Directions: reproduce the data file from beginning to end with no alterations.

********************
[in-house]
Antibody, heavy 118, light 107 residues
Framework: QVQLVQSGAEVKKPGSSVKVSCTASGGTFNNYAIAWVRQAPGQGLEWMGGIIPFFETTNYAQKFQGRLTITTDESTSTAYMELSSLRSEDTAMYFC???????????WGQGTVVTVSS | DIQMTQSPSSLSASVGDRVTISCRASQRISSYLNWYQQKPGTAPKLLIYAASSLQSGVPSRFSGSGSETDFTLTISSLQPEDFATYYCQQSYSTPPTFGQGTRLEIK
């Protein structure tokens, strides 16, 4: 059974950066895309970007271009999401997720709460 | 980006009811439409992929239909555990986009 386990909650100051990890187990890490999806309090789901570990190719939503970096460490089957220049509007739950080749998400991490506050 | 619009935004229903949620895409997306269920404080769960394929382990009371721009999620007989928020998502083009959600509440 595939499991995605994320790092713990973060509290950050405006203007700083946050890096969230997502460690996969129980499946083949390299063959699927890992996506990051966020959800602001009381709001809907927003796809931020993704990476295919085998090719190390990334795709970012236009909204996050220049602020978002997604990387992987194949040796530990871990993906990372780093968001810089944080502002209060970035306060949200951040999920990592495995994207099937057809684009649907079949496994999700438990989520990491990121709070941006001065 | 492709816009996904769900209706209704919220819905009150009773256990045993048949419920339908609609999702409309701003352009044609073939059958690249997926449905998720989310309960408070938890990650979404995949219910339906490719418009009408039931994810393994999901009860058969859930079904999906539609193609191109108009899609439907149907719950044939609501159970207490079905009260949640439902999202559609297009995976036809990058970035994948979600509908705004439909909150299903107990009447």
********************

[in-house]
Antibody, heavy 118, light 107 residues
Framework: QVQLVQSGAEVKKPGSSVKVSCTASGGTFNNYAIAWVRQAPGQGLEWMGGIIPFFETTNYAQKFQGRLTITTDESTSTAYMELSSLRSEDTAMYFC???????????WGQGTVVTVSS | DIQMTQSPSSLSASVGDRVTISCRASQRISSYLNWYQQKPGTAPKLLIYAASSLQSGVPSRFSGSGSETDFTLTISSLQPEDFATYYCQQSYSTPPTFGQGTRLEIK
């Protein structure tokens, strides 16, 4: 059974950066895309970007271009999401997720709460 | 980006009811439409992929239909555990986009 386990909650100051990890187990890490999806309090789901570990190719939503970096460490089957220049509007739950080749998400991490506050 | 619009935004229903949620895409997306269920404080769960394929382990009371721009999620007989928020998502083009959600509440 595939499991995605994320790092713990973060509290950050405006203007700083946050890096969230997502460690996969129980499946083949390299063959699927890992996506990051966020959800602001009381709001809907927003796809931020993704990476295919085998090719190390990334795709970012236009909204996050220049602020978002997604990387992987194949040796530990871990993906990372780093968001810089944080502002209060970035306060949200951040999920990592495995994207099937057809684009649907079949496994999700438990989520990491990121709070941006001065 | 492709816009996904769900209706209704919220819905009150009773256990045993048949419920339908609609999702409309701003352009044609073939059958690249997926449905998720989310309960408070938890990650979404995949219910339906490719418009009408039931994810393994999901009860058969859930079904999906539609193609191109108009899609439907149907719950044939609501159970207490079905009260949640439902999202559609297009995976036809990058970035994948979600509908705004439909909150299903107990009447």